• ITVI.USA
    15,496.720
    85.590
    0.6%
  • OTLT.USA
    2.743
    0.003
    0.1%
  • OTRI.USA
    21.110
    0.000
    0%
  • OTVI.USA
    15,466.390
    90.520
    0.6%
  • TSTOPVRPM.ATLPHL
    3.300
    0.000
    0%
  • TSTOPVRPM.CHIATL
    3.140
    0.190
    6.4%
  • TSTOPVRPM.DALLAX
    1.590
    0.150
    10.4%
  • TSTOPVRPM.LAXDAL
    3.330
    0.020
    0.6%
  • TSTOPVRPM.PHLCHI
    2.170
    0.020
    0.9%
  • TSTOPVRPM.LAXSEA
    4.080
    0.130
    3.3%
  • WAIT.USA
    125.000
    -1.000
    -0.8%
  • ITVI.USA
    15,496.720
    85.590
    0.6%
  • OTLT.USA
    2.743
    0.003
    0.1%
  • OTRI.USA
    21.110
    0.000
    0%
  • OTVI.USA
    15,466.390
    90.520
    0.6%
  • TSTOPVRPM.ATLPHL
    3.300
    0.000
    0%
  • TSTOPVRPM.CHIATL
    3.140
    0.190
    6.4%
  • TSTOPVRPM.DALLAX
    1.590
    0.150
    10.4%
  • TSTOPVRPM.LAXDAL
    3.330
    0.020
    0.6%
  • TSTOPVRPM.PHLCHI
    2.170
    0.020
    0.9%
  • TSTOPVRPM.LAXSEA
    4.080
    0.130
    3.3%
  • WAIT.USA
    125.000
    -1.000
    -0.8%
American ShipperShippingTrade and Compliance

Spot container rates may be on upswing

The SCFI surged 9.3 percent last week, while the WCI was relatively steady compared with the previous week.

   Container freight rates may be building momentum again after slipping last week, according to two of the primary spot rate indices.
   The Shanghai Shipping Exchange’s composite Shanghai Containerized Freight Index, which aggregates spot rates on 13 different outbound trades from Shanghai, surged 9.3 percent on a sequential basis last week.
   The SCFI Friday’s reading of 821.18, however, was still down 10.6 percent from 918.83 as of June 30, 2017.
   The World Container Index, produced by London-based maritime shipping consultant Drewry, on the other hand, slipped 0.9 percent from the previous week to $1,378 per FEU, but was down just 0.2 percent on a year-over-year basis.
   Growth in the SCFI was broad-based, with rates from Shanghai to Europe, the Mediterranean and both the U.S. East and West Coast all showing improvement.
   SCFI rates from Shanghai to Europe grew 6.1 percent last week, from $834 per TEU to $885 per TEU, while rates from Shanghai to the Mediterranean ticked up 0.8 percent, from $905 per TEU to $913 per TEU.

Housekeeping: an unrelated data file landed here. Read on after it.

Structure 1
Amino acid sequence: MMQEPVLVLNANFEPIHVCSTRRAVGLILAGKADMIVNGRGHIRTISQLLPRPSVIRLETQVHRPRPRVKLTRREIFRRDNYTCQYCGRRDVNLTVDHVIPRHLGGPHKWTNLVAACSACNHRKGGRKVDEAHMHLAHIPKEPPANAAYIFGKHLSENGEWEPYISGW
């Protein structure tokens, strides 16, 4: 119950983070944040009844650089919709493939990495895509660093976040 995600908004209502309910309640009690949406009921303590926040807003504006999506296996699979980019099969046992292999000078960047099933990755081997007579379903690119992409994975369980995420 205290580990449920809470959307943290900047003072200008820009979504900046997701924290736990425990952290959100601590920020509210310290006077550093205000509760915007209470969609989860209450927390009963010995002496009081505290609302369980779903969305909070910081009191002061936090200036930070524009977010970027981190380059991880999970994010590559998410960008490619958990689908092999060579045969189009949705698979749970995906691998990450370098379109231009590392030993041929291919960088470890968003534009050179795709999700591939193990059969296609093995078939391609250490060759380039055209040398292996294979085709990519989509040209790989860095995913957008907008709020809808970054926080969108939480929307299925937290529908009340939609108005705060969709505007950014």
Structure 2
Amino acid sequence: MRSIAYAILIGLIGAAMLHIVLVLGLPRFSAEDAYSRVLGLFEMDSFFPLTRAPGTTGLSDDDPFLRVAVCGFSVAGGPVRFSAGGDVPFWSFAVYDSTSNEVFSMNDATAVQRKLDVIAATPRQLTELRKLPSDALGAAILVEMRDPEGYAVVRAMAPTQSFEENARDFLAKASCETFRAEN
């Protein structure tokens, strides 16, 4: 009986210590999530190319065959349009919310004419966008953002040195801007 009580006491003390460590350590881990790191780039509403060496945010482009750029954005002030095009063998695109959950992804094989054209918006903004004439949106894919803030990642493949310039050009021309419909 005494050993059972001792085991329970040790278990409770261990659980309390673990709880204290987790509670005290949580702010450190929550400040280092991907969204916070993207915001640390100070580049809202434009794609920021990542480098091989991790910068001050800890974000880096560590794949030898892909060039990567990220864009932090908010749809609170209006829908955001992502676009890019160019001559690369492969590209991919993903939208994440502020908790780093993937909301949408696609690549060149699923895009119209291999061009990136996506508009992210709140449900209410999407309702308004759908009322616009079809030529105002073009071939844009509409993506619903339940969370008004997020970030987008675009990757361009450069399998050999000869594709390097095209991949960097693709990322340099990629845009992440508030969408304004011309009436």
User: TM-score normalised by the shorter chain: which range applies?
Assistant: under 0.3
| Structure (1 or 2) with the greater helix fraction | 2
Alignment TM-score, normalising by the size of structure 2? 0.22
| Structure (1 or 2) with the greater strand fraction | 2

Pricing in the transpacific trades showed even stronger growth, with rates from Shanghai to the U.S. West Coast soaring 29.4 percent, from $1,194 per FEU to $1,545 per FEU, and rates to the U.S. East Coast jumping 15.7 percent, from $2,181 per FEU to $2,524 per FEU.
   According to Drewry, pricing from Shanghai to Rotterdam rose 1 percent sequentially to $1,617 per FEU last week, but was down 2 percent from the same time last year. Rates to Genoa, however, jumped 7 percent sequentially and 10 percent year-over-year to $1,729 per FEU.
   Eastbound transpacific rates from Shanghai to Los Angeles and New York fell 2 percent and 3 percent, respectively, from the previous week to $1,255 per FEU and $2,281 per FEU, but remained up 11 percent and 13 percent year-over-year.
   Transatlantic pricing also remained in positive territory, stagnating from the previous week but rising 6 percent from this time last year to $1,837 per FEU.
   In its weekly analysis, Drewry noted that the average composite WCI so far this year now stands at $1,371 per FEU, down 10.6 percent from the index’s five-year average of $1,532 per FEU.
   Drewry said it expects rates to see “marginal improvement” next week, which would be welcome news for container carriers, many of which have already reported less-than-inspiring results for the first quarter of 2018 after returning to profitability last year.
   The research firm in a recent report projected the container carrier industry “will only break even at best in 2018,” as stagnant rates, rising fuel prices and an inability to control costs are putting pressure on profit margins.
   As noted here previously, some discrepancy between the SCFI and WCI can be attributed to the fact that although the two indices measure many of the same rates, their composition and methodology are slightly different. The SCFI, for example, includes several “lesser” north-south trade lanes between Shanghai and the Middle East, Oceania, Africa, South America and even some intra-Asia pricing, whereas the WCI does not. The WCI also includes transatlantic rates, while the SCFI is dedicated to Asia trade.
   The SCFI also only tracks outbound — headhaul — rates from Shanghai, whereas the WCI tracks both headhaul and backhaul. As such, last week’s increase in the composite SCFI couple with a decline in the composite WCI can be attributed in part to rising headhaul rates that are being offset by falling backhaul rates in the WCI.
   Eastbound pricing from Rotterdam to Shanghai, for example, slumped 18 percent sequentially last week to $820 per FEU, a 43 percent decline from the same 2017 period, according to the WCI. Westbound transpacific rates held steady from the previous week at $493 per FEU, but were still down 10 percent year-over-year.
   Much like their headhaul counterparts, backhaul rates in the transatlantic trade also remained unchanged on a sequential basis, but climbed 4 percent year-over-year to $517 per FEU.

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